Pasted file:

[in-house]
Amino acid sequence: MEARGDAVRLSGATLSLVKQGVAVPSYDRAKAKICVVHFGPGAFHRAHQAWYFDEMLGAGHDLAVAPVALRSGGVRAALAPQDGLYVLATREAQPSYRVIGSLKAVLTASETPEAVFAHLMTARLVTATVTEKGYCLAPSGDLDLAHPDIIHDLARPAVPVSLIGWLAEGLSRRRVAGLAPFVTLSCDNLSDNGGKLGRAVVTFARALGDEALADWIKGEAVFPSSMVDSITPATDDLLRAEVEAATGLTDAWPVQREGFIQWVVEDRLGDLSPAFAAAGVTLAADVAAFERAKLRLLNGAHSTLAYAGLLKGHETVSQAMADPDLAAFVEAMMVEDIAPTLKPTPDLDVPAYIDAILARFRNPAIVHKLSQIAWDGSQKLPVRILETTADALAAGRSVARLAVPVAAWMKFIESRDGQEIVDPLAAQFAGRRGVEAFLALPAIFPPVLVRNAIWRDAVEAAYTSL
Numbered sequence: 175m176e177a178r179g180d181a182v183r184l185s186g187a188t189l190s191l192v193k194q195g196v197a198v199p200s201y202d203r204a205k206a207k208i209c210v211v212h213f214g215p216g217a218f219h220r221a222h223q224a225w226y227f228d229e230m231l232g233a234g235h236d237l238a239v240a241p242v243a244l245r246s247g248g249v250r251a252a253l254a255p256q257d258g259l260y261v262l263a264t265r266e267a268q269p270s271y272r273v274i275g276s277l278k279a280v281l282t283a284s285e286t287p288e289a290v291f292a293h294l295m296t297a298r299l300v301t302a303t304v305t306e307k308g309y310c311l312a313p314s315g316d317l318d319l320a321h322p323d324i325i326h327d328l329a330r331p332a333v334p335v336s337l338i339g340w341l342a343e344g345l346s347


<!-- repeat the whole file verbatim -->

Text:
[in-house]
Amino acid sequence: MEARGDAVRLSGATLSLVKQGVAVPSYDRAKAKICVVHFGPGAFHRAHQAWYFDEMLGAGHDLAVAPVALRSGGVRAALAPQDGLYVLATREAQPSYRVIGSLKAVLTASETPEAVFAHLMTARLVTATVTEKGYCLAPSGDLDLAHPDIIHDLARPAVPVSLIGWLAEGLSRRRVAGLAPFVTLSCDNLSDNGGKLGRAVVTFARALGDEALADWIKGEAVFPSSMVDSITPATDDLLRAEVEAATGLTDAWPVQREGFIQWVVEDRLGDLSPAFAAAGVTLAADVAAFERAKLRLLNGAHSTLAYAGLLKGHETVSQAMADPDLAAFVEAMMVEDIAPTLKPTPDLDVPAYIDAILARFRNPAIVHKLSQIAWDGSQKLPVRILETTADALAAGRSVARLAVPVAAWMKFIESRDGQEIVDPLAAQFAGRRGVEAFLALPAIFPPVLVRNAIWRDAVEAAYTSL
Numbered sequence: 175m176e177a178r179g180d181a182v183r184l185s186g187a188t189l190s191l192v193k194q195g196v197a198v199p200s201y202d203r204a205k206a207k208i209c210v211v212h213f214g215p216g217a218f219h220r221a222h223q224a225w226y227f228d229e230m231l232g233a234g235h236d237l238a239v240a241p242v243a244l245r246s247g248g249v250r251a252a253l254a255p256q257d258g259l260y261v262l263a264t265r266e267a268q269p270s271y272r273v274i275g276s277l278k279a280v281l282t283a284s285e286t287p288e289a290v291f292a293h294l295m296t297a298r299l300v301t302a303t304v305t306e307k308g309y310c311l312a313p314s315g316d317l318d319l320a321h322p323d324i325i326h327d328l329a330r331p332a333v334p335v336s337l338i339g340w341l342a343e344g345l346s347